Many years ago, I learnt that every individual has the right to act according to his or her own choices. I strongly believe that my life should not be dictated by others and unless I permit, no one has the right to choose for me. However, what I was also taught is that, an individual should take responsibility of the consequences of his or her decision and remember not to hurt people in the process. Also, choices need to be made keeping in mind “values” and “ethics” – words that have probably lost relevance in today’s result-oriented, performance-driven fast life.
The common saying these days is that, when a woman can choose for herself, she is empowered. Unfortunately, a lot of people attribute those choices to just the ability to wear clothes of her choice, travel at wee hours of the night or choose her partner. As a feminist and someone who advocates “women empowerment” both personally and professionally, I feel “empowerment” is a lot more serious business. Celebrities and media in our country definitely need to be much more responsible in their communications. They set examples – examples of lives that the younger generation will aspire for. Heard someone say, being able to wear a bikini to office is empowerment. Even more unfortunate, thought-leaders are preaching such concepts to young minds. Can you tell me what role does the choice of clothing play in empowering someone for whom education after school may itself be a dubious proposition? She will be dependent for that piece of cloth on her father, brother or husband for the rest of her life, so where is empowerment? Does just being a rebel and breaking rules makes one empowered? Then what role does education and self-reliance play in the process of empowerment?
At work, every time I meet these really bright girls from indigent backgrounds, I feel scared for them. Unfortunately, the world they are living in today, is teaching them a completely different meaning of “empowerment” and I just hope they figure out how to make the right choices. Their parents are oblivious to a lot of challenges and if not guided well, these girls will just remain names with no identity. The role that media and technology (read, smart phones) are playing in shaping their lives is alarming. It is surprising to see how the questions these young girls ask, have started changing in the past 3 years at work – from career aspirations to carnal desires; I hope you see the variance. I agree, every individual has the right to choose; but one must choose right. By right, I don’t mean something that is socially acceptable, but something that your conscience will agree with. The problem is that, for a lot of people that conscience is nothing but a dumb spectator. Dishonesty, disrespect, infidelity, insurgence, are these the values that our girls need to inculcate to feel empowered? If so, I would like for them to stay disempowered.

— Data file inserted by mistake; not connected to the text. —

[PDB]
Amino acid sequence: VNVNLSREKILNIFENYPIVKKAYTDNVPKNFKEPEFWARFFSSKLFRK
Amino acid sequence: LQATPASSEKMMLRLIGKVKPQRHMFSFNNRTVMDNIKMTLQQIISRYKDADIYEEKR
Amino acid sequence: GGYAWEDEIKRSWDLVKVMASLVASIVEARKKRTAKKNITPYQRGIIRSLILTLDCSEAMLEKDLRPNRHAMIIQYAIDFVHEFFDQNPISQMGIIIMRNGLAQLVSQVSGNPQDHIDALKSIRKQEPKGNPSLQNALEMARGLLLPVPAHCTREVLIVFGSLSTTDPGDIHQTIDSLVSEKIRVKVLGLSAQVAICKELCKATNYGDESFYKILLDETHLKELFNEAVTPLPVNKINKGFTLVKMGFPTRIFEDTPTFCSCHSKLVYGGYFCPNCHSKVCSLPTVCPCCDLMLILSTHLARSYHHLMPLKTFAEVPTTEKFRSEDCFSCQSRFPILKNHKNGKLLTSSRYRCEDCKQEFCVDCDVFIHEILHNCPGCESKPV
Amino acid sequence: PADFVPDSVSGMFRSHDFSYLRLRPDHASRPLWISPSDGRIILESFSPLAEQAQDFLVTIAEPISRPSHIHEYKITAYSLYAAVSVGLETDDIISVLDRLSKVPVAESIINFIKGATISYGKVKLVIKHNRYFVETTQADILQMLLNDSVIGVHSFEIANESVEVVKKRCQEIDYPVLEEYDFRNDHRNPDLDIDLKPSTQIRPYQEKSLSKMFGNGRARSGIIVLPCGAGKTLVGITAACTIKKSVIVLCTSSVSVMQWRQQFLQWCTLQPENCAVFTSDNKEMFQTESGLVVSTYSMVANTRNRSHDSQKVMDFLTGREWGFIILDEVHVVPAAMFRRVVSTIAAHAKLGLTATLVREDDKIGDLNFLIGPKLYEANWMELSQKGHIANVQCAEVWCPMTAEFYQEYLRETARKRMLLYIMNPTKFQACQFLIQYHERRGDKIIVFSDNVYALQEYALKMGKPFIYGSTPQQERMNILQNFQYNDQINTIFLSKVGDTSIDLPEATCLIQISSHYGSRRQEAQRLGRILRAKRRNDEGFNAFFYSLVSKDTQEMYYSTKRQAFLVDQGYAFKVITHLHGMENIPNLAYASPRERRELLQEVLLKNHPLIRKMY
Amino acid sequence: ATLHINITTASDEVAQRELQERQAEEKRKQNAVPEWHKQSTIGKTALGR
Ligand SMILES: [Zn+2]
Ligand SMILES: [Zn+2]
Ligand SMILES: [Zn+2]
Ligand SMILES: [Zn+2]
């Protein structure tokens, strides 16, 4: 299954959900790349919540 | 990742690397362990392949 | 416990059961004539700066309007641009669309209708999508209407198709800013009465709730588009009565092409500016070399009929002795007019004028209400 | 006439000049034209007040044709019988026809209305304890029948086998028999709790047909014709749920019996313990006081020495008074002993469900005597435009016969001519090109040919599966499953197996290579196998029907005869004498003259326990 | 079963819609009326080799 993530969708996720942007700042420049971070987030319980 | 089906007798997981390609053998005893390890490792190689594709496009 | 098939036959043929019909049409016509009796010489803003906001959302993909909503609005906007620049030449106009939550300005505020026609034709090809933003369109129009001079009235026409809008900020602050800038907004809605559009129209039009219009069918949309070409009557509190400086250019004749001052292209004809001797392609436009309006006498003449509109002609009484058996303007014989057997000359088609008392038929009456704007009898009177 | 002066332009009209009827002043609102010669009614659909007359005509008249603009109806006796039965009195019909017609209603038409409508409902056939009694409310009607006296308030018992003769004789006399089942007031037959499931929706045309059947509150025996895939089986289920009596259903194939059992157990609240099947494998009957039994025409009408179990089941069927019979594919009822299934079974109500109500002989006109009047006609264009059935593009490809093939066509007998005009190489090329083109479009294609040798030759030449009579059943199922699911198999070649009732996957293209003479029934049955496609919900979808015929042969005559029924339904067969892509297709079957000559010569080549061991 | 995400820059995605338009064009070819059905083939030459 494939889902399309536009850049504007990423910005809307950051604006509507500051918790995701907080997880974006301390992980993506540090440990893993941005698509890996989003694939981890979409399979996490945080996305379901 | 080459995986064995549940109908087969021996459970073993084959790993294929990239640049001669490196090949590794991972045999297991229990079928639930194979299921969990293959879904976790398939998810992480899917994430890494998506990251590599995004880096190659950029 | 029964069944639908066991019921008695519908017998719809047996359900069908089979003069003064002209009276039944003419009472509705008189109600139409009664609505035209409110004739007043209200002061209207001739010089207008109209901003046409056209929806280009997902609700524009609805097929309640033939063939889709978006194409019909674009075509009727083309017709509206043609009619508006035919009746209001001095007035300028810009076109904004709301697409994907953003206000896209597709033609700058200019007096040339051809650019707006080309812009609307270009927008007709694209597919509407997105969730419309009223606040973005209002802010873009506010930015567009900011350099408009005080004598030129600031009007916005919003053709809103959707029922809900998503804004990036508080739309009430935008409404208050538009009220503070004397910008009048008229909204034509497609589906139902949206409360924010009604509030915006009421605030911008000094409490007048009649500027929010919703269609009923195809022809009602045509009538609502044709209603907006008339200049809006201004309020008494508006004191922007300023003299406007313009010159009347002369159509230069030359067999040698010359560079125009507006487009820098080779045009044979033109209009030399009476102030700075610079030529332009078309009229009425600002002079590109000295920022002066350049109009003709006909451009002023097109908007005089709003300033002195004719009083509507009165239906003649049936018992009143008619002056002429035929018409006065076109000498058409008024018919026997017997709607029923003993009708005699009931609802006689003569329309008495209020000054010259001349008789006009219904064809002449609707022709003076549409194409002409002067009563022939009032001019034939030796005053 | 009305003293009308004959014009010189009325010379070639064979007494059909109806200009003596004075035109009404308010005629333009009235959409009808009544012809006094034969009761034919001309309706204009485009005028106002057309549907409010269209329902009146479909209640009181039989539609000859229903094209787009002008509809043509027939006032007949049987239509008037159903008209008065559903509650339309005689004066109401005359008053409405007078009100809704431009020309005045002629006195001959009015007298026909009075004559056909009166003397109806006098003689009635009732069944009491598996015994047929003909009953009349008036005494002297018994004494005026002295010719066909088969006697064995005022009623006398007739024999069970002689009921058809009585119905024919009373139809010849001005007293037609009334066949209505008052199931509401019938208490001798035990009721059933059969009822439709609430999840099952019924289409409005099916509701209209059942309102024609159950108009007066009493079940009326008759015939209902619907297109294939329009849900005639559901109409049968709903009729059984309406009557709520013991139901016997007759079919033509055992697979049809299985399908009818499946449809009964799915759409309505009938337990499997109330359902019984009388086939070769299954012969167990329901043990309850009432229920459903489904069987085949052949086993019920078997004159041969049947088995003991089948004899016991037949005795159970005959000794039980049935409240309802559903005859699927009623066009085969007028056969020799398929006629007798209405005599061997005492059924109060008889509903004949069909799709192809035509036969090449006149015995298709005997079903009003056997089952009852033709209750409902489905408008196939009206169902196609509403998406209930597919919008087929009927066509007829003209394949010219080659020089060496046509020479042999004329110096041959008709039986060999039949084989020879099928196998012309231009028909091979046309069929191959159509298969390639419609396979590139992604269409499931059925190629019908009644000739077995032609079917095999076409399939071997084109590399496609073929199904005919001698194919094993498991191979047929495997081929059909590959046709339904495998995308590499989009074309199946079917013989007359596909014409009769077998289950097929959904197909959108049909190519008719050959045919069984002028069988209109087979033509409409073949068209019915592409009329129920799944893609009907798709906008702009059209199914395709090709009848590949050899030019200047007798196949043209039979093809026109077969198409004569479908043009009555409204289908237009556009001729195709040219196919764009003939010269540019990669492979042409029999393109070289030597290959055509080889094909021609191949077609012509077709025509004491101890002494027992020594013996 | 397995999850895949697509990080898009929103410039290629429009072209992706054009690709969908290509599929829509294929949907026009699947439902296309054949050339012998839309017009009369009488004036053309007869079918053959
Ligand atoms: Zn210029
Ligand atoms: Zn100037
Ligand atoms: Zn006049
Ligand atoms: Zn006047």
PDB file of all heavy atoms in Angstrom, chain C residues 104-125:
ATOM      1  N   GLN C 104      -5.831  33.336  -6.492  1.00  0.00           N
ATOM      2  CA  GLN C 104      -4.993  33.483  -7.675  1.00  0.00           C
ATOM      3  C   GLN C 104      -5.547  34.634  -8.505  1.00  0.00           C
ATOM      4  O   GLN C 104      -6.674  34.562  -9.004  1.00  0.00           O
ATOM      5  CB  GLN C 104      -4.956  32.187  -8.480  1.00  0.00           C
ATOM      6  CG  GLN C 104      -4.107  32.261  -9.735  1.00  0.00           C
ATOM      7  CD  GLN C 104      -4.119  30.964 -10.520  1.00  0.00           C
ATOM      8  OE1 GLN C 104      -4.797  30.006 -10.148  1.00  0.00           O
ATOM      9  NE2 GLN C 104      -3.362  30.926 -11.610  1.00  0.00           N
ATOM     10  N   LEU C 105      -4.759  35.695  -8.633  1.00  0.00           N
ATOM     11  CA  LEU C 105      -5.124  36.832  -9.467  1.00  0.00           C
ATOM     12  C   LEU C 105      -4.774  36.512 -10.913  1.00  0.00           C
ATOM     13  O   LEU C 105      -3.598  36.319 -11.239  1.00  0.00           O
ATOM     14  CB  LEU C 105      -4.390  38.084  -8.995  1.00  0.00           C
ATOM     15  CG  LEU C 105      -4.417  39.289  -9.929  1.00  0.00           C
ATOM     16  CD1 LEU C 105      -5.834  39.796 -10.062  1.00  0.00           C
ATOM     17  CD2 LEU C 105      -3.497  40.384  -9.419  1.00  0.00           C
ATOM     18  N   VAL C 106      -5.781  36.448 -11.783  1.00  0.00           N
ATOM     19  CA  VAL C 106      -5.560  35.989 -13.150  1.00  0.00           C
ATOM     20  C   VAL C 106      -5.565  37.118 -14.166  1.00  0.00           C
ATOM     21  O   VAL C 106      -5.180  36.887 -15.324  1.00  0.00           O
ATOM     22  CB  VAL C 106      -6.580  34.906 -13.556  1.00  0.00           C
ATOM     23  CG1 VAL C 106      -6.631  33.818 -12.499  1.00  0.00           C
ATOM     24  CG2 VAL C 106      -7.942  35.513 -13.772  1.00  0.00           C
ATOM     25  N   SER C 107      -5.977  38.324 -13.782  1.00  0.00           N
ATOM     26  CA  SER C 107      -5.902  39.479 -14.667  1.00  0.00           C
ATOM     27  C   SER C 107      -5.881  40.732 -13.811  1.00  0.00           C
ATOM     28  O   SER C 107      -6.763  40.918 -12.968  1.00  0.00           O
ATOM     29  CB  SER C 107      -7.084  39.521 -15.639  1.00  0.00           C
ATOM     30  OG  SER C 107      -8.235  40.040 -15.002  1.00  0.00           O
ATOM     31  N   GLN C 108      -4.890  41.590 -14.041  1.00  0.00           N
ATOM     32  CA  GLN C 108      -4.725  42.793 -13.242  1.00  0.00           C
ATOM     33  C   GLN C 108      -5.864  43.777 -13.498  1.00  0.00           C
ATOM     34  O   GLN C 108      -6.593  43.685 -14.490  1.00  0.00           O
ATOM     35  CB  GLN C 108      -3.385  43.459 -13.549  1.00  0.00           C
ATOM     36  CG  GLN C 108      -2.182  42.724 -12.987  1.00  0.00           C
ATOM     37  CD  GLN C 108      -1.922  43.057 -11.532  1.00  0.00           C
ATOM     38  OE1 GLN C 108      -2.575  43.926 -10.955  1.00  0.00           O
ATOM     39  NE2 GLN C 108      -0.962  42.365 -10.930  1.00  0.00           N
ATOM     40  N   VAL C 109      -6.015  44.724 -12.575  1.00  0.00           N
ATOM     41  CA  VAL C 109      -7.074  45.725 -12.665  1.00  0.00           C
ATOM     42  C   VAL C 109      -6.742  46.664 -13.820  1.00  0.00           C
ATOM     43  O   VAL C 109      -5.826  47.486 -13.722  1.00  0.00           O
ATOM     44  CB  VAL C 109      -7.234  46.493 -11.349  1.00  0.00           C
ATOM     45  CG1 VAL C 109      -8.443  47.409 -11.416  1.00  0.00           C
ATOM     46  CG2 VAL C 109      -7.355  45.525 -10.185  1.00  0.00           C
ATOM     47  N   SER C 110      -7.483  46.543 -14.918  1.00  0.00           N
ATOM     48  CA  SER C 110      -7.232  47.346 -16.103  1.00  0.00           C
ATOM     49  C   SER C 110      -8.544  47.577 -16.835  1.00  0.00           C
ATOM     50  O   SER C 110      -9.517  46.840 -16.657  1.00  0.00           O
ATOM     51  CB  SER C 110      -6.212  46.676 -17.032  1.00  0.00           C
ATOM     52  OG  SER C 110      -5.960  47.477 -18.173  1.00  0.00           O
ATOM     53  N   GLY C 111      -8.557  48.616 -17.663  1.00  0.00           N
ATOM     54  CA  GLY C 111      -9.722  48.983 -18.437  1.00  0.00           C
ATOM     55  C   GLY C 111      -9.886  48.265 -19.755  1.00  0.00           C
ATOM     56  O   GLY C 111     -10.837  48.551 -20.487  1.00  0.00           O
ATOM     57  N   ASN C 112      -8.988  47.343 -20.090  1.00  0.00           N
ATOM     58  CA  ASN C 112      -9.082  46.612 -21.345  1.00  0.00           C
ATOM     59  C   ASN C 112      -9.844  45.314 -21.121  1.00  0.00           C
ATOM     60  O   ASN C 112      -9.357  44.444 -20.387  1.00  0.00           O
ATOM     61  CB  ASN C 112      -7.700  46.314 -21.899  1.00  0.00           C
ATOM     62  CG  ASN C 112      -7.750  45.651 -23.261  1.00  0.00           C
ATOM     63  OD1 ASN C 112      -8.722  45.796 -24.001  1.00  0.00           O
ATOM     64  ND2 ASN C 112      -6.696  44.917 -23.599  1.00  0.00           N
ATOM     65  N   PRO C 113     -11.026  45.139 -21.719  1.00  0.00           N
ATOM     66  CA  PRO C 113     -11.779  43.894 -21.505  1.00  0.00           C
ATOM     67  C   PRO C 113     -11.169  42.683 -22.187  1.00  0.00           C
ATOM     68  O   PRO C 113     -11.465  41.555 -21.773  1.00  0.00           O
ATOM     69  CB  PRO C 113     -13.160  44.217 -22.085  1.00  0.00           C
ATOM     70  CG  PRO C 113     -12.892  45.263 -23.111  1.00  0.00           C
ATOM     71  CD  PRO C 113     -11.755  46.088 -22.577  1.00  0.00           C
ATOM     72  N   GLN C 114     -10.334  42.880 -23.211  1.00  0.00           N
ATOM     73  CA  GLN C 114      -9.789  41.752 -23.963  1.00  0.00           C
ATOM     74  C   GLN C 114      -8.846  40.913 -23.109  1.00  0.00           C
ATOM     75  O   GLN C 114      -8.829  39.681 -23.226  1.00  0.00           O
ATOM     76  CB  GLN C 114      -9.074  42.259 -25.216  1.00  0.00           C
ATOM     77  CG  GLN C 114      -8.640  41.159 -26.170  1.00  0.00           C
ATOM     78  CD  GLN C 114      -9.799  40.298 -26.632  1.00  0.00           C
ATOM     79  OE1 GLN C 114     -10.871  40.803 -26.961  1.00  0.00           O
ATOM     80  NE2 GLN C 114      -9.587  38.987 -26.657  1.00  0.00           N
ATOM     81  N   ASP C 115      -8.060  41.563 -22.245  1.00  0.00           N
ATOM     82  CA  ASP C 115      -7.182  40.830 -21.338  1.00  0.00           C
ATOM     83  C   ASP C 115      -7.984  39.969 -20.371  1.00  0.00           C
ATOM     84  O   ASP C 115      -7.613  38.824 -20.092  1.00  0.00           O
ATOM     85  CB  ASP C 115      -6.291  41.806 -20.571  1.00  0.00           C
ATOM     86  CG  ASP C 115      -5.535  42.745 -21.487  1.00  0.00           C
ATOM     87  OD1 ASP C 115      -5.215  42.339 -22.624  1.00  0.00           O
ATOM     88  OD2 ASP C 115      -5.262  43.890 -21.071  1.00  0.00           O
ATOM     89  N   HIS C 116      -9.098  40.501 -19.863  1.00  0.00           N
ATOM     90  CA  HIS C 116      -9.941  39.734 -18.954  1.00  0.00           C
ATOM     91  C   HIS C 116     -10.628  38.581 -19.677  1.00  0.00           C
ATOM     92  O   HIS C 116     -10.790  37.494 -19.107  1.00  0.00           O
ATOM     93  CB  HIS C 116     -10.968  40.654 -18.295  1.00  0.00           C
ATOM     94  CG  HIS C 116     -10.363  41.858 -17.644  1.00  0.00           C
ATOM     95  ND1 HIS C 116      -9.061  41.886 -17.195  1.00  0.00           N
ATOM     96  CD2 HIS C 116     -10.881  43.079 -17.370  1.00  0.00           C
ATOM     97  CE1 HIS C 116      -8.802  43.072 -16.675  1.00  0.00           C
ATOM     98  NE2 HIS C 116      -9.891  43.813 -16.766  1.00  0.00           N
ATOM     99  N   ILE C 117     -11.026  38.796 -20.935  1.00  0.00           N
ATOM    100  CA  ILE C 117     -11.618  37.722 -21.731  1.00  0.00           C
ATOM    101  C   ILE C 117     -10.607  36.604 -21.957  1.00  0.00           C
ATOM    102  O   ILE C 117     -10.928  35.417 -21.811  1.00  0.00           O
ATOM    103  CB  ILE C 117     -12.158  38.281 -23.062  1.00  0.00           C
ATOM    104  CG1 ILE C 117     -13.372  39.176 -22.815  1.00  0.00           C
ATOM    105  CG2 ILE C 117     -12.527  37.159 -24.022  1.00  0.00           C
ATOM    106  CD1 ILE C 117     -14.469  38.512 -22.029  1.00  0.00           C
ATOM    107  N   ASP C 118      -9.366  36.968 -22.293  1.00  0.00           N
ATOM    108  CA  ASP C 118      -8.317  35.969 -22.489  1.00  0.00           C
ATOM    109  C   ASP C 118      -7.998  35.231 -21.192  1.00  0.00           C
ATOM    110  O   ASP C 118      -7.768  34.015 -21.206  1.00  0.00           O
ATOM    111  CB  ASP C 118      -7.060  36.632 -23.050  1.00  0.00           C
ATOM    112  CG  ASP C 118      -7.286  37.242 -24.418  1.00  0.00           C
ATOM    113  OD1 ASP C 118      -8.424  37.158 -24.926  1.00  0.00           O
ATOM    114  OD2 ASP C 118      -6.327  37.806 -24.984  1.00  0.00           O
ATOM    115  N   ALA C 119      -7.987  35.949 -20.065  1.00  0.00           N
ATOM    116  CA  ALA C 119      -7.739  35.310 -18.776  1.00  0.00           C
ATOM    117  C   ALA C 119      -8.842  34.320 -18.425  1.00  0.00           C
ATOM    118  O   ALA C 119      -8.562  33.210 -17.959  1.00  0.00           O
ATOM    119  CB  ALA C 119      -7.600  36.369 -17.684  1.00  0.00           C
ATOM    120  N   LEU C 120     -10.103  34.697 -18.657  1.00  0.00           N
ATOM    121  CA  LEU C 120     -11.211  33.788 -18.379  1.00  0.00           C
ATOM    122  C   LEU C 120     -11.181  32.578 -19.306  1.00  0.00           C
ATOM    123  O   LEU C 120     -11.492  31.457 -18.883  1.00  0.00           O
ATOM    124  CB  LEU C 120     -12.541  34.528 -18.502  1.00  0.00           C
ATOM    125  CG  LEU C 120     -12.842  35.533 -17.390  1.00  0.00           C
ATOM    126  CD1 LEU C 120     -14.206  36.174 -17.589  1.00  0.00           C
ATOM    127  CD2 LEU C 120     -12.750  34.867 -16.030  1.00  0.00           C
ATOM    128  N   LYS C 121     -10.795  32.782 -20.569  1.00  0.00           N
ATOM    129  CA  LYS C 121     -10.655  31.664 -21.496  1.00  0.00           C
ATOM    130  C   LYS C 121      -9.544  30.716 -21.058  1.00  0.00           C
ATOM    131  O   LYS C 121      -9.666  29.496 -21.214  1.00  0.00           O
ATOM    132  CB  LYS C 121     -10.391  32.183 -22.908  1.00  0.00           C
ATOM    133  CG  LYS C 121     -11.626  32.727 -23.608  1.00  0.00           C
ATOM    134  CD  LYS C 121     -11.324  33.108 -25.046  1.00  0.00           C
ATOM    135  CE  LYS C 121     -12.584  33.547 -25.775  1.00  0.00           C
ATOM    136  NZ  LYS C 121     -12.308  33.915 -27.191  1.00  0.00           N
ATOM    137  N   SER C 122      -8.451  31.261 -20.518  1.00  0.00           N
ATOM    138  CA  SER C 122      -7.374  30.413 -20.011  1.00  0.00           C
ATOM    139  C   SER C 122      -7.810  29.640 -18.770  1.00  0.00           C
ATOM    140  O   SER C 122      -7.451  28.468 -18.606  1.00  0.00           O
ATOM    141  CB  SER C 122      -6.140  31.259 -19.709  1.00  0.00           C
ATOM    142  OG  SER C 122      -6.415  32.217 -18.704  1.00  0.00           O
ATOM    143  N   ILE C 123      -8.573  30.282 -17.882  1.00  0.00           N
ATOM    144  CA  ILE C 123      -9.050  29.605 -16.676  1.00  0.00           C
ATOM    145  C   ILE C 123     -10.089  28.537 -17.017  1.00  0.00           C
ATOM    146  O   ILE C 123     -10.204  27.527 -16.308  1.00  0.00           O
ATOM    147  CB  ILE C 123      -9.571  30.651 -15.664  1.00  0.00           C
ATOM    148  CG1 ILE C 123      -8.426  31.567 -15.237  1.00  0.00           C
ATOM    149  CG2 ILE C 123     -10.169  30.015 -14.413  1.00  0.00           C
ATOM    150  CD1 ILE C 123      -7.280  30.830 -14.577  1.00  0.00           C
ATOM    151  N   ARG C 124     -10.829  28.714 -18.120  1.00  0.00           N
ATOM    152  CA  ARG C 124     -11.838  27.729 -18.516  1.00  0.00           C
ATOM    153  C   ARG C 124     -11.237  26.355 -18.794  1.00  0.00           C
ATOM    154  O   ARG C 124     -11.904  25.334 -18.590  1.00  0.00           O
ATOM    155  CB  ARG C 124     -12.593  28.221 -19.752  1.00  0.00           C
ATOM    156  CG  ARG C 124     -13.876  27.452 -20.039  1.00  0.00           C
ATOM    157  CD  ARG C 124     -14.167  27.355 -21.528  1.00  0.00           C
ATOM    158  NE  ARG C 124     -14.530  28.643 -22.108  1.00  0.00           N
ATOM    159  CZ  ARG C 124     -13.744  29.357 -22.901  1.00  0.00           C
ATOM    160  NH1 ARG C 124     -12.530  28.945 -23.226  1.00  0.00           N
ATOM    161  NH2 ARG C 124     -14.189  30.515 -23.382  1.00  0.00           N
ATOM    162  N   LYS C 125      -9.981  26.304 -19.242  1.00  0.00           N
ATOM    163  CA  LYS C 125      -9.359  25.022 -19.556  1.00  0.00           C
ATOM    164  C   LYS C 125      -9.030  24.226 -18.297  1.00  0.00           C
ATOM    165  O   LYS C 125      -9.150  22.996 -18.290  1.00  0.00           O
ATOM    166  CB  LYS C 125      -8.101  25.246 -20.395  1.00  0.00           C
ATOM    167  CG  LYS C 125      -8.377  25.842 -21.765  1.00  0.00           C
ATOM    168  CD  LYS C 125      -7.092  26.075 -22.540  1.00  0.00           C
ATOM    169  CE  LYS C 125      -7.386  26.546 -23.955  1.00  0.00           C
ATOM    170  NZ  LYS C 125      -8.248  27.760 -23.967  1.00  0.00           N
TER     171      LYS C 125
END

Also, gender equality and women empowerment does not mean copying “men”. Women need to realize that they are different from men, not only physically but also mentally and emotionally. Aping their behavior and attributes in all spheres of life does not make women empowered; it means wasted potential. Men and women need to coexist; one cannot dominate the other. Many women activists, or “pseudo feminists” (as my husband refers) who fight for women-centric causes have actually taken the fight to a whole new level – the fight is now for supremacy not equality, and in the process have framed a whole new meaning of empowerment.
I firmly believe, the one true thing that can empower men and women alike, is education. Read, education, not literacy. Martin Luther King Jr. said, “We must remember that intelligence is not enough. Intelligence plus character – that is the goal of true education. The complete education gives one not only power of concentration, but worthy objectives upon which to concentrate.” We definitely have a task at hand – we ourselves need to first make the right choices in life – choose “Education”, choose “Values”, choose “Integrity”, choose “Respect” and choose “Tolerance”. To be truly empowered, we women not only need the ability to choose, but choose well.